The Southern U.S. and the Caribbean, for example, share both a history of slavery, cotton and sugar plantations, creole languages, mulattoes, poverty (with Atlanta and Trinidad and Tobago both being excellent exceptions) and fabulous fabulous jazz. None of which you will find in Europe. Much of you will find in places like Colombia or Brazil.

The reality is that North America is uniquely North American, even in architectural form and the way we built our cities. Our culture is a hybrid of European (with Anglo dominance), Indigenous and African (add Asian if you are in the West/Pacific). Yes, there are some ways in which we are like Europe, but there are also ways in which many parts of Latin America are much more European (like social policies and even down to a history of military based fascism and dictators) than the U.S. Even then, the Americas share a lot more with each other than they do with Europe. 'Latin' is just a label...don't get mislead by it.

Last edited by RudyOD; 08-27-2014 at 02:53 PM..
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Old 08-27-2014, 07:34 PM
 
Location: Buenos Aires and La Plata, ARG
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Quote:
Originally Posted by RudyOD View Post
Besides being intrinsically connected through its history, culture, geography and indigenous peoples for hundreds of years? Besides the fact that California and the rest of the Americas have for the past couple centuries served as an immigration hub for the World, and that their current chapters are defined by those migrants and their chidlren? To be more specific, how about how California, along with other states and countries that are share a Pacific coastline, have a mix (all unique to that particular region of course) of European, Indigenous (Native American), Asian and African peoples that call those places HOME (not just international tourists)? The only place in Europe that could possibly match that diversity is London. How about local cuisines? Yams, corn, squash...even turkey...what Americans eat every Thanksgiving, are common place ingredients in much of the Americas.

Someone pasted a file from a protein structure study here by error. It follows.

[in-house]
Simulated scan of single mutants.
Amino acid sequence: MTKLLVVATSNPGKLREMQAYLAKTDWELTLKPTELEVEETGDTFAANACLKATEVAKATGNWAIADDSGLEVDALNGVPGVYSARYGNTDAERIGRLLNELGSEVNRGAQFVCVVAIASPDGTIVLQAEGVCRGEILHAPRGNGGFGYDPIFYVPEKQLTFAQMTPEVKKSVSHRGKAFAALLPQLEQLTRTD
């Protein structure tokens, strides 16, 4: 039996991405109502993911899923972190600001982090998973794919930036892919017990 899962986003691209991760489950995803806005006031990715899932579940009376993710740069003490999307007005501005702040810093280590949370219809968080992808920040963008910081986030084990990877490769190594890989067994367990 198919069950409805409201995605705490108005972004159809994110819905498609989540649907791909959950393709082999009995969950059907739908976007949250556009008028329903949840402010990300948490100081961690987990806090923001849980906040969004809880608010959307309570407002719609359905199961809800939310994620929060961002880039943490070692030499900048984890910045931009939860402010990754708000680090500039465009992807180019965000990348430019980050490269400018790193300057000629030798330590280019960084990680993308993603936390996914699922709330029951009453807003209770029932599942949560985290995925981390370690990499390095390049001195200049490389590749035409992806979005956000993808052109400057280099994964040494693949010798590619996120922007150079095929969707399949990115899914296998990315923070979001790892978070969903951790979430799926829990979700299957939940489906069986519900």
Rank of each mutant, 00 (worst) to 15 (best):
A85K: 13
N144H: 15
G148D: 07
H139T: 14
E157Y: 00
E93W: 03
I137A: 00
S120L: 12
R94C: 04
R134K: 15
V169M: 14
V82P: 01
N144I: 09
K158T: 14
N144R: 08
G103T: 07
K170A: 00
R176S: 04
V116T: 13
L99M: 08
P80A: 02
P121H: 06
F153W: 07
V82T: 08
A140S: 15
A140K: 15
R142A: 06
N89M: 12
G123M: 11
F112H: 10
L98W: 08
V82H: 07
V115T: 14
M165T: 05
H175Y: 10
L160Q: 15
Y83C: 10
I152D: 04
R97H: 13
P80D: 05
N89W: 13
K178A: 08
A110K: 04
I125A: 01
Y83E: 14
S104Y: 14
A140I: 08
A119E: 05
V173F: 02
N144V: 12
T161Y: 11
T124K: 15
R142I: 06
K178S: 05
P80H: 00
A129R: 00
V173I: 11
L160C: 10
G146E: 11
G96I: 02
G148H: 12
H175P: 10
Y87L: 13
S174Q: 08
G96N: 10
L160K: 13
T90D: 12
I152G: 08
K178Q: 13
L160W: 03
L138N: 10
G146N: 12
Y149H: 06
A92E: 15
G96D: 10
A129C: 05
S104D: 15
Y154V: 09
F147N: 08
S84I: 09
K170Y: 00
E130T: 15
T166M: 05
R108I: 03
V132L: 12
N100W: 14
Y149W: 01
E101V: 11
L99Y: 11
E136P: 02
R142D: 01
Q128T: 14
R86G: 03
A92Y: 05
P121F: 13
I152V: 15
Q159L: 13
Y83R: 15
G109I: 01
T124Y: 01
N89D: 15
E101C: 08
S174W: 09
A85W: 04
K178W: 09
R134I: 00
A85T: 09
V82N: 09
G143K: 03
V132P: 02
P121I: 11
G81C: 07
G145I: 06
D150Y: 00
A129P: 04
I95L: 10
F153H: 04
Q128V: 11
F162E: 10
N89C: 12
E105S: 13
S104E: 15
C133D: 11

When we divide the Americas into Latin America and Anglo America, as if it is some set physical boundary instead of an imaginary one, we forget that it is really all a continuum, and that cultures and peoples bleed onto each other. California, the Southwest, Texas, Louisiana and Florida are a continuum of Latin America and the Caribbean, combined with a mainstream Anglo-protestant foundation that exist throughout the U.S., but that (arguably) is waning. If you want the closest approximation to European (ANGLO-Germanic and French, respectively) culture, you have to go to the Northeastern seaboard of the U.S. (New England), and the south Eastern parts of Canada (Québécois).